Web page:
At first glance, you might think Filipinos don’t really care about genealogy. In reviewing data from my YouTube channel, I noticed watch time from viewers in the United States was consistently longer than that of viewers in the Philippines. How could this be? Family is such an important part of Philippine culture! I couldn’t believe there wasn’t more interest.
Curious, I did some further research. I conducted an informal survey among 110 Philippines-based respondents, asking if they were “familiar with the term genealogy.” The results were eye-opening: Not only were four out of five unfamiliar with the term, but three out of five thought genealogy referred to the branch of medicine that deals with the female reproductive system!
Digging into some Google search data told a slightly different story. People who were interested in Filipino genealogy seemed to search Google so using the terms Filipino family tree or even Filipino family reunion. It’s not that Filipinos are disinterested in family history research—it’s that many aren’t familiar with the word genealogy.
This simple terminology discrepancy is where the differences in genealogy interest between Philippine-born and US-born Filipinos end. Because at the heart of every Filipino, family has always played a key role. And knowledge of one’s family tree or history is common, even if in an informal manner.
No matter your current location, here are ways you can conduct research into your own Filipino ancestors and family history.
3 Notes about Filipino Genealogy
While the basic rules for tracing Filipino family trees are the same as any other nationality, there are three important caveats that an amateur genealogist interested in Filipino genealogy must be aware of.
1. There is no central database for records in the Philippines.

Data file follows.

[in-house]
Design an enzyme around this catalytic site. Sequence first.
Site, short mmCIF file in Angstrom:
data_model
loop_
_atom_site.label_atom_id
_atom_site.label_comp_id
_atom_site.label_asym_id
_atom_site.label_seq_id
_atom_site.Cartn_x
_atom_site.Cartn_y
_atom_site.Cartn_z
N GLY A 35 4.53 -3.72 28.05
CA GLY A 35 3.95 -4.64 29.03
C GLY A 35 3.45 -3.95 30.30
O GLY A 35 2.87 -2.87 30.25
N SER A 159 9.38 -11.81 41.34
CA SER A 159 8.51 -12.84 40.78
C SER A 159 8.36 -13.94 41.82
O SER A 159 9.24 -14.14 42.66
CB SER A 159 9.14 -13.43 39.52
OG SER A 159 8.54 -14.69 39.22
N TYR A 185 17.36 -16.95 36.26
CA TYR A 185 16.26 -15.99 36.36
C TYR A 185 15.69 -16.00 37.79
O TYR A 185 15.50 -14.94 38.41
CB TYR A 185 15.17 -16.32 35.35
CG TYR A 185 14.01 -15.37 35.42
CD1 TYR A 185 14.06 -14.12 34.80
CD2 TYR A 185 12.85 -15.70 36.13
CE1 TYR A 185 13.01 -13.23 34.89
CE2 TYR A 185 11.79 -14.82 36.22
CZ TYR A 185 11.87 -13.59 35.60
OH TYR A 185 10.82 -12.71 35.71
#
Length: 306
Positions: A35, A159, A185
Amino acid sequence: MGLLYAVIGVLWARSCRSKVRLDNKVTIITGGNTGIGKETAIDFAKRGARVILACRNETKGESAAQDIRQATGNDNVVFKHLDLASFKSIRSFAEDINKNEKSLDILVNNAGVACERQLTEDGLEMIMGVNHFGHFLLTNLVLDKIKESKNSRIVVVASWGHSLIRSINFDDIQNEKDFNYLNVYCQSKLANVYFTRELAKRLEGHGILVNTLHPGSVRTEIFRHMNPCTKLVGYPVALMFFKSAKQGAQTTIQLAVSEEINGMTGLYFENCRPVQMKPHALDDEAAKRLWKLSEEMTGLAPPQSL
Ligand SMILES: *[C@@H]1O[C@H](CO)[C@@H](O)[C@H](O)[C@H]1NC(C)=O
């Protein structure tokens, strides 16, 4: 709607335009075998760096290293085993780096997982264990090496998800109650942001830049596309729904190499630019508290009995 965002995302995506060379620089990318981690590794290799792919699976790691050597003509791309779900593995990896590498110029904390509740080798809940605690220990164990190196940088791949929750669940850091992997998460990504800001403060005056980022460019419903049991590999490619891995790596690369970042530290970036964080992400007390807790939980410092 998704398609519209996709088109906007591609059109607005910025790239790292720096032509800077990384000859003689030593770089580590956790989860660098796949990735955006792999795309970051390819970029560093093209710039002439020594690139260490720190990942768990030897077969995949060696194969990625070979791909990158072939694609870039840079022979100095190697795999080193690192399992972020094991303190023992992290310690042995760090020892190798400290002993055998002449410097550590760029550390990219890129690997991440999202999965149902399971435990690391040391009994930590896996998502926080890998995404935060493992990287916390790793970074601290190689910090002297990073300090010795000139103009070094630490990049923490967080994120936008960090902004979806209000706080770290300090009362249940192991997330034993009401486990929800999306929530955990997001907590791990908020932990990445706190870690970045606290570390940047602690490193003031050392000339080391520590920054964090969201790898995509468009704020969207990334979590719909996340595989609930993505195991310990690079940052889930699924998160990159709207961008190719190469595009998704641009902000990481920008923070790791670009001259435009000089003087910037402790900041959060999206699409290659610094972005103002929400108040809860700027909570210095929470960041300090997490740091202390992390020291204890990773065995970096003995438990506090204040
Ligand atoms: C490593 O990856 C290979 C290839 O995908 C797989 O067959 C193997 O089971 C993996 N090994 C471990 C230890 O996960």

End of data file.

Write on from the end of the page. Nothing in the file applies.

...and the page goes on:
While there are certainly websites useful for Filipino genealogy research, they’re fragmented and incomplete. The government hasn’t curated centralized databases, and censuses or state-level records aren’t as widely available as they are in the United States. Most old records in the Philippines can be found in the National Archives of the Philippines, which is still in the initial stages of digitizing records and making them available to the public.
2. Most Filipino families didn’t use formal last names until 1850.
Official, cross-generational surnames were only adopted by most families after an 1849 decree that required them. This means any available website or record pertaining to a family name even just similar to your own is not guaranteed to be of any use.
As a result, you must first establish—beyond reasonable doubt—your family’s surnames, and if they’re related to names you find in records. Determine if your family’s last name is a product of the decree (e.g., assigned from the government’s catalog of names) or had already been in use for some time.
3. Filipino records are protected by privacy laws.
The Data Privacy Act took effect in 2016, and it restricts online access to records that contain personal information about anyone in or from the Philippines. In other words: The law has made it even harder to find useful resources for Filipino genealogy.
Getting Started with Your Research
Interview known relatives
Before even planning to check online, start by interviewing as many relatives as possible. Almost all branches in a Filipino family have their own stories about their ancestors and relatives, so it’s a must to talk to as many people as possible. If you have direct access to these relatives, your initial research efforts will likely be much better off.
Once you’ve gathered that information, turn your attention to finding details about your ancestors online.
Find relatives through social media
Most Filipinos living in the Philippines belong to group chats or family pages on Facebook, so search for relatives both there and on other social media channels. If you’re able to find previously unknown relatives, they may give you valuable information that can help in your research.